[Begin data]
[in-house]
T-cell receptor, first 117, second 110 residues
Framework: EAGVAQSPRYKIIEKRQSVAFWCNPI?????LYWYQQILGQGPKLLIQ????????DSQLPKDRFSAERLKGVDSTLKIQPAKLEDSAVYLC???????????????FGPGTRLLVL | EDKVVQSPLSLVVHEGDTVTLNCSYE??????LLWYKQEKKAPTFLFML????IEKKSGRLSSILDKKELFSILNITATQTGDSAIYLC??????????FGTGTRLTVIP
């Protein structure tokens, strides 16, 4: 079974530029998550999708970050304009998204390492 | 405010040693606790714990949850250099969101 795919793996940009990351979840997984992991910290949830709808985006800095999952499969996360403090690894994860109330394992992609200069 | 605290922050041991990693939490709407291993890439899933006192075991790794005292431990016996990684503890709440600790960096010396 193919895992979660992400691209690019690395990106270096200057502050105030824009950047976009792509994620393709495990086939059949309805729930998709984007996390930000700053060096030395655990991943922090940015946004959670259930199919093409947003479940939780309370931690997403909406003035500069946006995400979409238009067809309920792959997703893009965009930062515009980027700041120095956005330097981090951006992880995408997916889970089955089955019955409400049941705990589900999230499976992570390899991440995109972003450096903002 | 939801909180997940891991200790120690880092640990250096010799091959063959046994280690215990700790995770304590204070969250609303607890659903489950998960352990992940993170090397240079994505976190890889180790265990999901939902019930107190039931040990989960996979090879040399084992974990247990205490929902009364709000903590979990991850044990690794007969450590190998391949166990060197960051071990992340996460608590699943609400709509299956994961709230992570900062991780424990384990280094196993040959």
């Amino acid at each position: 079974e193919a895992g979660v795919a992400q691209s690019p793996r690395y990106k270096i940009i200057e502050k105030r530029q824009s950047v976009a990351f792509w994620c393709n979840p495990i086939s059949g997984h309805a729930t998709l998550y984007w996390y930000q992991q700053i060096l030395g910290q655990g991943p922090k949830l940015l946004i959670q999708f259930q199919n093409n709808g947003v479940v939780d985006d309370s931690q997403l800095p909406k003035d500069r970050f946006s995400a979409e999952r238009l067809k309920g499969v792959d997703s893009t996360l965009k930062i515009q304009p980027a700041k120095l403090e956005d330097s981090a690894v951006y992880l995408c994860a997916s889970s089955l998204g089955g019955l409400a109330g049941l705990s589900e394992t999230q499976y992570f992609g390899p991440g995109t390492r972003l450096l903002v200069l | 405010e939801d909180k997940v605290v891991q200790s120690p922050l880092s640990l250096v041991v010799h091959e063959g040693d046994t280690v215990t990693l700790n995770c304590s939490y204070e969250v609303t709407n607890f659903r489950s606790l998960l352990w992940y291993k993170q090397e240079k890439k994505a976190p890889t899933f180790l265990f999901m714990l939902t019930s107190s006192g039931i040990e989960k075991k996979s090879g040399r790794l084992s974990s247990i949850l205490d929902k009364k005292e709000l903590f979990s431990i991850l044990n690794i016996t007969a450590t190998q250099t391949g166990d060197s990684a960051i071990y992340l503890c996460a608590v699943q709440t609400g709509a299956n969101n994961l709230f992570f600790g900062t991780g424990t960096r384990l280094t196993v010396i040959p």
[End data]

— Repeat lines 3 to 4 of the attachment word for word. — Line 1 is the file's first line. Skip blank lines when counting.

Framework: EAGVAQSPRYKIIEKRQSVAFWCNPI?????LYWYQQILGQGPKLLIQ????????DSQLPKDRFSAERLKGVDSTLKIQPAKLEDSAVYLC???????????????FGPGTRLLVL | EDKVVQSPLSLVVHEGDTVTLNCSYE??????LLWYKQEKKAPTFLFML????IEKKSGRLSSILDKKELFSILNITATQTGDSAIYLC??????????FGTGTRLTVIP
């Protein structure tokens, strides 16, 4: 079974530029998550999708970050304009998204390492 | 405010040693606790714990949850250099969101 795919793996940009990351979840997984992991910290949830709808985006800095999952499969996360403090690894994860109330394992992609200069 | 605290922050041991990693939490709407291993890439899933006192075991790794005292431990016996990684503890709440600790960096010396 193919895992979660992400691209690019690395990106270096200057502050105030824009950047976009792509994620393709495990086939059949309805729930998709984007996390930000700053060096030395655990991943922090940015946004959670259930199919093409947003479940939780309370931690997403909406003035500069946006995400979409238009067809309920792959997703893009965009930062515009980027700041120095956005330097981090951006992880995408997916889970089955089955019955409400049941705990589900999230499976992570390899991440995109972003450096903002 | 939801909180997940891991200790120690880092640990250096010799091959063959046994280690215990700790995770304590204070969250609303607890659903489950998960352990992940993170090397240079994505976190890889180790265990999901939902019930107190039931040990989960996979090879040399084992974990247990205490929902009364709000903590979990991850044990690794007969450590190998391949166990060197960051071990992340996460608590699943609400709509299956994961709230992570900062991780424990384990280094196993040959």